Tuesday 29 October 2013 3:25pm
‘Māori and Mining’, a multi-disciplinary publication highlighting the issues and challenges of mining in Aotearoa, and its impact on Māori communities and iwi, will be launched today at the University of Otago’s School of Business.
The publication acknowledges mining is not a new debate, but came about after its predominantly University of Otago authors realised there was no resource that allowed whānau, hapū or iwi to draw together and assess the often bewildering, and sometimes contradictory information, to inform decision-making.
Responding to this, ‘Māori in Mining’ is a comprehensive, yet easily accessible publication that includes a brief survey of the inter-related and complex issues that make up the mining debate in Aotearoa.
The book gives visual examples of the most common types of mining in Aotearoa, including the controversial hydraulic fracturing or ‘fracking.’ It looks at Māori values, drawing from Māori resource management plans and other source documents. The legal context of mining as it affects Māori is examined, as is mining’s economic merits.
The last chapter considers the environmental impacts of mining, noting both good and poor practices as well as raising the issue of global climate change.
The 11 mostly University of Otago-based authors felt that given the long history of Māori involved in extractive industries and the diversity of responses (at the last Census, almost 800 Māori were directly employed in the industry, with many more in Australia), there is understandably no single view of how Māori should respond to the prospect of mining in either their home location or in Aotearoa generally.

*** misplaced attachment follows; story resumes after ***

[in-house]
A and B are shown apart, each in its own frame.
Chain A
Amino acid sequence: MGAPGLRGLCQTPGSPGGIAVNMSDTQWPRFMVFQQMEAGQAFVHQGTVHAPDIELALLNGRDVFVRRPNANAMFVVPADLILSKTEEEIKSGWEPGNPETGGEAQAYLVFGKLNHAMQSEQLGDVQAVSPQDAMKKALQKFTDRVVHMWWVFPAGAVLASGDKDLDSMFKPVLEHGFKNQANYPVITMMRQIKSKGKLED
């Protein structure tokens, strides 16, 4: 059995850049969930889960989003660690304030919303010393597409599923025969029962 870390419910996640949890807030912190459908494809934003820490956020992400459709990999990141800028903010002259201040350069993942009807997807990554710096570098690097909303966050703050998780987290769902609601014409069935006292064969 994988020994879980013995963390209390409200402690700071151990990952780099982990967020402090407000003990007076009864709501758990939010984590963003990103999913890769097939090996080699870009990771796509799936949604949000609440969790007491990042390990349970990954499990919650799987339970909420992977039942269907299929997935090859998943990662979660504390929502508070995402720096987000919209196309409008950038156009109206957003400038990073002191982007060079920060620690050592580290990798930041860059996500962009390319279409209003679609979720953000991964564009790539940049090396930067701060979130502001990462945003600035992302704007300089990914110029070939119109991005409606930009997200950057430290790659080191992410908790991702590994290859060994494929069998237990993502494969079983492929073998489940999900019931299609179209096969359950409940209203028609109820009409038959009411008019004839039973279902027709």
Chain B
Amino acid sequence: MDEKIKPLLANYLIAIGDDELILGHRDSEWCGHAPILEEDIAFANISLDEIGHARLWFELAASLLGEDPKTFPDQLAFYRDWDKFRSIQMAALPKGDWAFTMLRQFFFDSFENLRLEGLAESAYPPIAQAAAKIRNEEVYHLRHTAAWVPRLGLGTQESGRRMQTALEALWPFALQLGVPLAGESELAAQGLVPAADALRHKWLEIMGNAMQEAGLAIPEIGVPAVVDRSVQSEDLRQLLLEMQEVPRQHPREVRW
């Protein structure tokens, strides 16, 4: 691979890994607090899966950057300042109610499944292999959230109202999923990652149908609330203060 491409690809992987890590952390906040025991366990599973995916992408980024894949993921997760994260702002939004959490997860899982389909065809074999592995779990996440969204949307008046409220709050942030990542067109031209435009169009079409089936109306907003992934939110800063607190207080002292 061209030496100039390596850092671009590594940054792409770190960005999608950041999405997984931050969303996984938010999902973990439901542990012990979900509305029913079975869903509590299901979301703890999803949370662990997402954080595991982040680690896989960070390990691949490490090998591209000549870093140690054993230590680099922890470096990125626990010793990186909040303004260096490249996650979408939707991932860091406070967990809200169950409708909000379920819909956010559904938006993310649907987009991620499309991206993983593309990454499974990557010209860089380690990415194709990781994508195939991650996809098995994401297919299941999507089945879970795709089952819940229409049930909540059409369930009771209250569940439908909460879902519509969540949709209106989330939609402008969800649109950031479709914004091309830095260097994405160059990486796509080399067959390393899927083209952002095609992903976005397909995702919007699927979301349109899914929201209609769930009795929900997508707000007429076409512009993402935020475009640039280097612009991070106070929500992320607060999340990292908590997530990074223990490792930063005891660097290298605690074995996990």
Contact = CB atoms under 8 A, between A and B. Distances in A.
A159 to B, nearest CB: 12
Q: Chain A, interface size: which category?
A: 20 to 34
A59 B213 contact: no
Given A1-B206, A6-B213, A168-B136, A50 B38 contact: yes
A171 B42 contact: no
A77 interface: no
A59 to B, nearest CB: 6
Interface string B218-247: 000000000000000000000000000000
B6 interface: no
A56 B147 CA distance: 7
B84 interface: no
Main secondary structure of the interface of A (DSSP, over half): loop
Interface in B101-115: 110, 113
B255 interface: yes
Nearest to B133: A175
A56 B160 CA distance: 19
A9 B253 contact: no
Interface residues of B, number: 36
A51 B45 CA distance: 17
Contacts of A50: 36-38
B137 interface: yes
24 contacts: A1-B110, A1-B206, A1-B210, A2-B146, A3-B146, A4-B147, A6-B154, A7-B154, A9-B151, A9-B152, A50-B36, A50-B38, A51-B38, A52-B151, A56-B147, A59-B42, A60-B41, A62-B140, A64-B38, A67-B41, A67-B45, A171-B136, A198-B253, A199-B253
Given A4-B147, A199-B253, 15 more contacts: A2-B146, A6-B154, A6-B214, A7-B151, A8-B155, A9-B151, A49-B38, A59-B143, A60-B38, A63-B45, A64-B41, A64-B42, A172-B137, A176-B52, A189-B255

“Māori have responded to the issue of mining in three main ways: as an economic opportunity, provided that there are environmental safeguards; as a discussion around Treaty rights; or as an environmental issue requiring strong opposition in order to carry out traditional and enduring relationships with Papatūānuku (Earth Mother), Tangaroa (God of the Sea) and future generations”, say the authors.
University of Otago researchers involved in authoring ‘Māori in Mining’ were: Dr Katharina Ruckstuhl (Division of Research and Enterprise); Dr Andrew Gorman and Luke Easterbrook (Department of Geology); Associate Professor Michelle Thompson-Fawcett and Hauauru Rae (Department of Geography); Associate Professor Jacinta Ruru (Faculty of Law); Dr Lynette Carter (Te Tumu – School of Māori, Pacific & Indigenous Studies and CSAFE); Dr Diane Ruwhiu and Rachael Turner (Department of Management); and Dr Janet Stephenson (CSAFE, Centre for Sustainability – Agriculture, Food, Energy and Environment). One of the authors, Dr Abby Suszko, is from Aotahi – the School of Māori and Indigenous Studies at the University of Canterbury.
An electronic copy of ‘Māori and Mining’ can be downloaded for free from the following site from 30 October: http://otago.ourarchive.ac.nz.
The launch will take place today at 5.30pm in the School of Business staff room in the Commerce Building, Dunedin, ground floor. Guests include Bernie Napp from Straterra and Matpura Ellison from Kati Huirapa Runaka (who is also a Board member of Te Runanga o Ngai Tahu), Green Party co-leader Metiria Turei and Dunedin North Labour MP David Clark.
For further information, contact
Dr Katharina Ruckstuhl
Tel 64 3 479 7674
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